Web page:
Friday, July 28, 2006

What New York can learn from Houston

For most of last year, I lived in Houston, Texas, a city famous for instructive examples of what not to do in the realms of urban planning and conservation.

But Houston, which has endured a comeuppance of regular floods for decades, is finally doing something innovative to improve the water quality of its bayous, reduce the risk of flooding, and provide new parks and trails for its residents - all in one project.

Project Brays is a venture of the Harris County Flood Control District and the Army Corps of Engineers. Brays Bayou traverses the southern edge of central Houston, from the Third Ward to Tom Delay's hometown of Sugar Land. For much of its length, the bayou is paved under concrete, (a la the Los Angeles River), because the Corps of Engineers once believed that the best way to deal with floodwaters was to carry them as quickly as possible to the ocean.

Unfortunately, paved surfaces are more a part of the problem than a part of the solution. Before Houston overwhelmed them, the prairies and riparian forests that once thrived in the bayou's watershed absorbed and slowly released stormwaters into the waterway. But paved surfaces sent rainwater straight to the bayou, which overflowed more and more frequently as the city grew. When the bayou itself was paved, the watershed lost its last vestiges of natural vegetation and absorption capacity. Needless to say, the Corps has been forced to acknowledge and correct its mistakes.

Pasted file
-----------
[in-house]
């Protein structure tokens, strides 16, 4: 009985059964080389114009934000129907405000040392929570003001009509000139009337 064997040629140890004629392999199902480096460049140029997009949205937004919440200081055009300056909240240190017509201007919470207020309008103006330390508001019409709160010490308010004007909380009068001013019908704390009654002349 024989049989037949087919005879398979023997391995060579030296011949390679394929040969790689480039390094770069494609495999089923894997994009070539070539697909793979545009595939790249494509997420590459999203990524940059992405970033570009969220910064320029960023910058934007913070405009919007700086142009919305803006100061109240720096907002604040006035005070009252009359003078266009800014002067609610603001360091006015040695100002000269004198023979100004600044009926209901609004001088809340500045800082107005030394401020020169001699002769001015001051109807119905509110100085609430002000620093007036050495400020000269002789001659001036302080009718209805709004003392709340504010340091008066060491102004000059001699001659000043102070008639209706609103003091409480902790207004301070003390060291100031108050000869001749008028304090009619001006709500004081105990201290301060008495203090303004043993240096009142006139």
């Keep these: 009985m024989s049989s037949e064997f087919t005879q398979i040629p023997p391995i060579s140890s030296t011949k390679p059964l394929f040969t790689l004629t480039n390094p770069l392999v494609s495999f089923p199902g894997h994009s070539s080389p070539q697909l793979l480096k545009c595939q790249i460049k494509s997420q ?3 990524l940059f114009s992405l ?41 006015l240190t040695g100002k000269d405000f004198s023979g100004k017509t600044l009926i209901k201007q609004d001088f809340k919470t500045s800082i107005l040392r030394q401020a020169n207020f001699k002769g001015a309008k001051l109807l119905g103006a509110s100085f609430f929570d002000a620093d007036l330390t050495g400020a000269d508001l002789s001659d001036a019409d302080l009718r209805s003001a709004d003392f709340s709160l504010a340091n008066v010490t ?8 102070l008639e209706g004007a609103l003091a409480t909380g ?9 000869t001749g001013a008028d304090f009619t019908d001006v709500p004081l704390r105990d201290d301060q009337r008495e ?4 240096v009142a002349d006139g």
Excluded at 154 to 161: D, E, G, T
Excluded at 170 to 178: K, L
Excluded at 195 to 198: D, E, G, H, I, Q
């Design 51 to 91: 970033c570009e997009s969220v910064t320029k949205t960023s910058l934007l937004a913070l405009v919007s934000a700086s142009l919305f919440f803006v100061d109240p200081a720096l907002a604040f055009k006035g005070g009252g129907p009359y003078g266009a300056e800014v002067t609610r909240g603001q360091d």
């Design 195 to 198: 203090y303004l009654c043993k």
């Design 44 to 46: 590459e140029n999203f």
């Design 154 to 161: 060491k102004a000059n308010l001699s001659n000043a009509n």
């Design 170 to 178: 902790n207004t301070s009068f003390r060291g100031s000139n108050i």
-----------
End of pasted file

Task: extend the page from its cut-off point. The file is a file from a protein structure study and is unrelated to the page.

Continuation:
Now, Harris County and the Corps are taking a more holistic view of flood control. Project Brays is acquiring the most flood-prone private property and linking together a string of new green spaces along the bayou that will double as cachement basins during storms. A vegetation management program will re-introduce riparian plants and trees to intercept and absorb stormwater, mitigate Houston's intense heat island, and provide new wildlife habitat. And the new retention basins will double as parks with recreational facilities for surrounding neighborhoods.

These projects will also improve water quality in the region's waterways, since the stormwaters will have more chances to filter through the ground before they drain into the bayou and Galveston Bay.

New York's watersheds and stormwater systems (see my previous post) are very different from Houston's. But there are plenty of similarities, too, and the elegant solution of Project Brays is certainly worth admiring.

New York's regimented bureaucracy seems often to obstruct interdisciplinary problem-solving like this, but maybe the shame of being showed up by Houston (and Dallas, and Los Angeles, and others) will spur this city to action.

Other watershed restoration and flood control projects:

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